Tuesday, January 8, 2013

Stand Off, or How to Have Likable Children

I'm not an accomplished homeschool mom. None of my children have gone to college, none have been married off (and against much homeschool lore, I do think that's what college is for), none have written tomes decrying post-graduate degrees or primetime TV or two-piece bathing suits.

So, you know, just be aware of my shortcomings as I rant.

I have a bone to pick with parents. This time, it's not just with homeschooling parents but also with Christian school parents and public school parents. I've got my boxing gloves on, and I'm picking a fight.

My extreme frustration is with this: the tendency to defend your child at every turn to every upright being and then have the nerve to call it the "Mama Bear" in you.

You're not raising a cub. You're raising a weenie.

You're raising a child who is very quickly becoming used to seeing himself as a victim. You're raising a bratty member of society who thinks that the way to advance is to complain to his superior. You're raising a whiny, fussy wimp who is tiresome and inept.

Let me give you an example.

Last week, Ethan and I walked into a grocery store. In the entryway, a man with several middle-school children was looking at the newspaper stands. I pulled a cart from the corral and then noticed that the man's sweatshirt bore the name of the small Christian college that is my sister's alma mater.

"I'm sorry," I said, "but I just have to ask about your sweatshirt! That is the school my sister went to!"

"Oh, really?" he replied. "My daughter went there, but only for one year. She just had such a hard time." He went on to explain how she just couldn't fit in, how everyone had the standard so high, how it was terrible that a good homeschooled girl like her couldn't make any friends. He talked on. And on. I think it really turned into more of a whine. In front of his other children, he whined to me about how his daughter couldn't thrive in college because no one would bend over backwards for her.

My lip *may* have actually started curling. It was definitely twitching. As he continued, it became clear why no one wanted to be her friend, why no one would talk to her. I wanted him to stop talking to me!

She had never learned to fight for herself. She had never learned to assess a situation, scout out the battleground, and plan her position.

She had only learned to call Daddy and lick her wounds.

I'm sure it all begins innocently enough. They are babies, they are helpless, they can do nothing. We must do everything.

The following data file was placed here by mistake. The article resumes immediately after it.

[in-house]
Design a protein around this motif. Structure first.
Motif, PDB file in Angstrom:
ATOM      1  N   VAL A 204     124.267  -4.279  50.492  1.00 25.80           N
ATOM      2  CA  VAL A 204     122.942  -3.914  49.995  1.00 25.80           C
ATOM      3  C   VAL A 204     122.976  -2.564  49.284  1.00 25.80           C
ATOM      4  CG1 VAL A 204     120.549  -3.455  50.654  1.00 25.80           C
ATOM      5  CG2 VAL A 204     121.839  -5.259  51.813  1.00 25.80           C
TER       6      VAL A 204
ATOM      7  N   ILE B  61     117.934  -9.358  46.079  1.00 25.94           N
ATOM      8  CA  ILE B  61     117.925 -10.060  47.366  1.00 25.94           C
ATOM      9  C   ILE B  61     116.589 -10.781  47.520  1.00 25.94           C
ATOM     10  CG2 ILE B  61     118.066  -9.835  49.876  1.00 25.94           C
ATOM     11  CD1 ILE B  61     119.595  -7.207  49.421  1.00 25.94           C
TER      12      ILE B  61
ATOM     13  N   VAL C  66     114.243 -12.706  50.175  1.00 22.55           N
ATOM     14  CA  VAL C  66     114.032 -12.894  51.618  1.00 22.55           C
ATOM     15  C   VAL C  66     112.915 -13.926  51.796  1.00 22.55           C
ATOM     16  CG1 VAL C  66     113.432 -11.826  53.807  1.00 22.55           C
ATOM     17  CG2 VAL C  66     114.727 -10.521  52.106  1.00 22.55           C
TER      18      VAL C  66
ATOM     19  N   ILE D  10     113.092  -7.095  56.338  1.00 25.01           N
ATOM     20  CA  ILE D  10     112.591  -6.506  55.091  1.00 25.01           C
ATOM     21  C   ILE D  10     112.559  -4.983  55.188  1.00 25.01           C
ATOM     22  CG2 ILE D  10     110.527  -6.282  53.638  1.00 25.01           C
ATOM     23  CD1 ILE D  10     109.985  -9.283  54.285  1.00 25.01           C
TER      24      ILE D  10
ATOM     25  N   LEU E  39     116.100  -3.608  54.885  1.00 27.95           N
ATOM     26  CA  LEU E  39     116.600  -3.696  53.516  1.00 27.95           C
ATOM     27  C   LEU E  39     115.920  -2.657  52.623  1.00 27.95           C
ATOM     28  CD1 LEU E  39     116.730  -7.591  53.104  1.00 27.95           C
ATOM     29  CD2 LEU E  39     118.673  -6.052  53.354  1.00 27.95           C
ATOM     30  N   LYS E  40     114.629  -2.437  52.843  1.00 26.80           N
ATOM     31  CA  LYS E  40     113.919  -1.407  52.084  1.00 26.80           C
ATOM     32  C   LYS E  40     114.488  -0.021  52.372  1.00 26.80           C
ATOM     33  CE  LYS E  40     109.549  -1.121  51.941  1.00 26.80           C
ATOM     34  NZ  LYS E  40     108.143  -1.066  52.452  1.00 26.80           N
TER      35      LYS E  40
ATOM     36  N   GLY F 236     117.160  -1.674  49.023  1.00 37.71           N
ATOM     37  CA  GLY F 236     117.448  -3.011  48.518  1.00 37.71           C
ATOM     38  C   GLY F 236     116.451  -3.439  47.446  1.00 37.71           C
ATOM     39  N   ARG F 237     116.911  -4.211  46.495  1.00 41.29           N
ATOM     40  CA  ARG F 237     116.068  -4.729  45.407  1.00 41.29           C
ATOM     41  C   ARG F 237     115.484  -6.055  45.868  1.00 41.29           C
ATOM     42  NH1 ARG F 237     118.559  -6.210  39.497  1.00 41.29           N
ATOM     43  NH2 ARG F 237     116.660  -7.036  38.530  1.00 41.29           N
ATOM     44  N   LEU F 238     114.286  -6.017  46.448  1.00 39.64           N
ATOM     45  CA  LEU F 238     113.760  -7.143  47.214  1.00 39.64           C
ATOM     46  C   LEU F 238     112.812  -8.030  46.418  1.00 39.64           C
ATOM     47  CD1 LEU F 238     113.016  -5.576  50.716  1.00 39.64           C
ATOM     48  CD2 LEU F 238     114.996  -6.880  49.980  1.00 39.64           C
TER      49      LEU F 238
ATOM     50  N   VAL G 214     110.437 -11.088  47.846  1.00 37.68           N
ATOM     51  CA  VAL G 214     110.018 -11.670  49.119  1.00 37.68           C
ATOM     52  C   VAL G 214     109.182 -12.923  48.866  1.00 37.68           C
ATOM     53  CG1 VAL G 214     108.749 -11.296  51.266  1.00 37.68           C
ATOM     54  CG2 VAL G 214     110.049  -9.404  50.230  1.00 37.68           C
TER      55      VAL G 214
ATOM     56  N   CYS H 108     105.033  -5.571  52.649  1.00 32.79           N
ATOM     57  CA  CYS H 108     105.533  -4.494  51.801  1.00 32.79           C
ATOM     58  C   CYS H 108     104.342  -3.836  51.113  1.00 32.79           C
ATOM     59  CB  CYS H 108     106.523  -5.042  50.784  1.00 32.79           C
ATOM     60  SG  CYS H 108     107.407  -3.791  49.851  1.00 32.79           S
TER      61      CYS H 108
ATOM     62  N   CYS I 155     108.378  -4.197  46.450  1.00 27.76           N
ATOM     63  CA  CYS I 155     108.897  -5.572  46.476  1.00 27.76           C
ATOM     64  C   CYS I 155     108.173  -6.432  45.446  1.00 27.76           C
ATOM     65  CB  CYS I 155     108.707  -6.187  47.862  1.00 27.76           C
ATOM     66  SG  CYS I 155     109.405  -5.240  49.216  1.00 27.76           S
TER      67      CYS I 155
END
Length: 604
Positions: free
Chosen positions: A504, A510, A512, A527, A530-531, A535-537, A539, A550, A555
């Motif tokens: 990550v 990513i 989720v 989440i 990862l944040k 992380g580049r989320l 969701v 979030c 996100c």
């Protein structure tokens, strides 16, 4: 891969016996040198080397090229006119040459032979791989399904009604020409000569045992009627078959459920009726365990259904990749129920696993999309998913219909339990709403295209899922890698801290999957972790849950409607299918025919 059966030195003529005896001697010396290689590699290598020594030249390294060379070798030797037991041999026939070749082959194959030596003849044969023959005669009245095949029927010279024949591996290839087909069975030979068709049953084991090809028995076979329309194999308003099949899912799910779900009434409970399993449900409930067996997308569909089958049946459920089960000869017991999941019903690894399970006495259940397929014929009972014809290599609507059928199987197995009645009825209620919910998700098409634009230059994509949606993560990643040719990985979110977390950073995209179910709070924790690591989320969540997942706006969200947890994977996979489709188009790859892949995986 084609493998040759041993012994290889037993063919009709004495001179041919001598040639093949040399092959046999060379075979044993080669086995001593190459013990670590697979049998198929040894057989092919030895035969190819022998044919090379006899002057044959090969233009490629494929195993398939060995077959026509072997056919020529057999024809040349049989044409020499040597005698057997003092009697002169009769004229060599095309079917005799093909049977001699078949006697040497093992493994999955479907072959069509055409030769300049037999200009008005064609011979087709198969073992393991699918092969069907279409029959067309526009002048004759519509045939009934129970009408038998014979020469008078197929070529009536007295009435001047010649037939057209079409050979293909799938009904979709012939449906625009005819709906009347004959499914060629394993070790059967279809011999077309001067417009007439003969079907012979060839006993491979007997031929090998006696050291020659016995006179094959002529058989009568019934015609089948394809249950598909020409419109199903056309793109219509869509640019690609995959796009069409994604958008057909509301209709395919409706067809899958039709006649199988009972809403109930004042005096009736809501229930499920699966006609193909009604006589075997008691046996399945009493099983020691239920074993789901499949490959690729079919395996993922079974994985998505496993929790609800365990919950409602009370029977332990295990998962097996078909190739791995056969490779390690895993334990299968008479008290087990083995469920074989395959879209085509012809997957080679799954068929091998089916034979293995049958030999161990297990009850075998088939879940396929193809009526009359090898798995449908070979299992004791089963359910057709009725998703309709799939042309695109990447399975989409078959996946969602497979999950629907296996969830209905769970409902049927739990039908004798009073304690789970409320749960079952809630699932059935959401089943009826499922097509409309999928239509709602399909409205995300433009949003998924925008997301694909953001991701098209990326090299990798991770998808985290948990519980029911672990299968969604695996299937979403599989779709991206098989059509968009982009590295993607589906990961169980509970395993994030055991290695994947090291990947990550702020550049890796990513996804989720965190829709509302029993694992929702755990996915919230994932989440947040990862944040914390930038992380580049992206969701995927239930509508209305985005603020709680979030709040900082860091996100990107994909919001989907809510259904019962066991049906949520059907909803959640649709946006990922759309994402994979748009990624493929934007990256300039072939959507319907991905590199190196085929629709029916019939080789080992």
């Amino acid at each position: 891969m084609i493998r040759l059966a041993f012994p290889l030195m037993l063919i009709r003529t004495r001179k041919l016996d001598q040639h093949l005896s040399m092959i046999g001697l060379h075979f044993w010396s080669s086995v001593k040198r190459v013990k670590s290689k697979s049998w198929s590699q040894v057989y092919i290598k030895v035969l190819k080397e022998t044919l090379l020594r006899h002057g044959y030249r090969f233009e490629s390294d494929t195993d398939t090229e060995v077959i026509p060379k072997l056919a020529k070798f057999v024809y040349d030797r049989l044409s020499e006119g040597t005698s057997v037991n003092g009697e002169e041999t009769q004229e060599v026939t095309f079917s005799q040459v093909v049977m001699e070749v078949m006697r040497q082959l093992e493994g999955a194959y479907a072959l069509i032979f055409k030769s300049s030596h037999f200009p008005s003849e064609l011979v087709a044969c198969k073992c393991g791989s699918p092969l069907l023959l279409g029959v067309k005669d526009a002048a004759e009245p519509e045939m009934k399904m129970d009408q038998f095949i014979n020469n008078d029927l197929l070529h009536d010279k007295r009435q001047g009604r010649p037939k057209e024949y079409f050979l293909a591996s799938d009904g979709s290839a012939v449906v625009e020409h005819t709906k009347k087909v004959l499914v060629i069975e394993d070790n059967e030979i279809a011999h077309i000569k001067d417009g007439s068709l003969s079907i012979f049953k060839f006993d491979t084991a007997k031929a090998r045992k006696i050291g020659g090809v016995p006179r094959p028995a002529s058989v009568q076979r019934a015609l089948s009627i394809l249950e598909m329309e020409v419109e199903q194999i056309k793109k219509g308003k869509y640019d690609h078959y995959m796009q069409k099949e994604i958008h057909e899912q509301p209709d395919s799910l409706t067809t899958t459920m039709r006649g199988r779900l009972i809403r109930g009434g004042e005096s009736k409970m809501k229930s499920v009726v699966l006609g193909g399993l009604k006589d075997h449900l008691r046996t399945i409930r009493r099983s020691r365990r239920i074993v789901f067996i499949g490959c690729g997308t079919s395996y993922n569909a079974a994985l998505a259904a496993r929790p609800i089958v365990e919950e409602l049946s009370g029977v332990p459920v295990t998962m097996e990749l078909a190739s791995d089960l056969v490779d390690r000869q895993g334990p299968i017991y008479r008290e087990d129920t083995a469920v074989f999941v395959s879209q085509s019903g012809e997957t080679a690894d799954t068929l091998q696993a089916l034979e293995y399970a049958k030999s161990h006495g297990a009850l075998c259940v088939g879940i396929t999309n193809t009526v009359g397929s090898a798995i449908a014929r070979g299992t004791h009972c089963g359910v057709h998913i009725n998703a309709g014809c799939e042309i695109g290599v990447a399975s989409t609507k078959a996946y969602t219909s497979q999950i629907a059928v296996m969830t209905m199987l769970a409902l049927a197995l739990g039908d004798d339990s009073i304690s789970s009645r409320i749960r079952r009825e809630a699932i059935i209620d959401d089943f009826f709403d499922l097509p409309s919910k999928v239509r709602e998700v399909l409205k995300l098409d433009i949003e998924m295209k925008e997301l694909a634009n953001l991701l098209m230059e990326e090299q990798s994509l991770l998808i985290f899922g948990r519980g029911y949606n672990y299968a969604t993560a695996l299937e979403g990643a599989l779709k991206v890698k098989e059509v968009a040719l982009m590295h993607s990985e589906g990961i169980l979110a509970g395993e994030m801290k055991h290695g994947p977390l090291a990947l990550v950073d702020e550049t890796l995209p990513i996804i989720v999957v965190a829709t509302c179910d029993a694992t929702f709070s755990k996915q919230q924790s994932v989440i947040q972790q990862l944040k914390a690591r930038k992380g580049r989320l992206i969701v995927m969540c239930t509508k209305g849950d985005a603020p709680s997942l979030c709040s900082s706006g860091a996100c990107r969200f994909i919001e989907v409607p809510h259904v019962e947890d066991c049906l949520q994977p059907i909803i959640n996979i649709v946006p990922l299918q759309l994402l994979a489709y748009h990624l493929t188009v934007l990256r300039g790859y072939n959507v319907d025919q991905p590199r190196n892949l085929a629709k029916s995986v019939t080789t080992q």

(Gideon and Salem, almost three years ago on my friend Sue's phone. The crossed eyes! The curled toes!)

But then, all of the sudden, they can do something. They can say, "NO!," they can run away from instead of to when summoned, they can stomp their toddler feet and put their arms akimbo and refuse.

 And here our parenting strategy must change. We must stop doing everything for them. 

We must stop excusing what is a very natural, predictable display of human sin. In the baby stage, we must clearly demonstrate that there is a necessary double standard between adults and children. Adults get to be the decision-makers. Adults get to be the stay-up-laters. Adults get to drink coffee, and eat dark chocolate at will, and turn on the TV without asking.

But it only starts here.

Then, when they are older and come home crying because "Ellie said my dress isn't pretty!" (and she did, too, in the first grade), we say with a gentle smile, "Pretty is as pretty does." Then we explain what that means. But we don't deride Ellie or call her mother or even give it too much thought.

Do you see what's subtly happening? We are teaching them that some battles are not worth being battles. Sometimes they won't even get to fight (you wave your fist at me and I, the adult, will swiftly end this battle), and sometimes they will have a choice to not fight. And sometimes they will have to figure out how to fight responsibly.

As a teacher, I certainly saw parents excusing their children. Time and time again, in conference after conference after conference with parents, we heard why Dick feels he needs to cheat and why Sally is a "chronic forgetter" and how Jane can't really be expected to tell the truth all of the time.

It was a Christian school, and "sinner" was spelled V-I-C-T-I-M.

Well, yes, they are victims: victims to their own parents' ignorance of the rules of engagement.

It is our job as parents to equip our children. It is our job to make sure they have the know-how and the weapons to fight. It is our job to NOT excuse them, to NOT jump into the fight unless it is absolutely necessary, to NOT "Mama Bear" our children into the Wusses' Hall of Lame.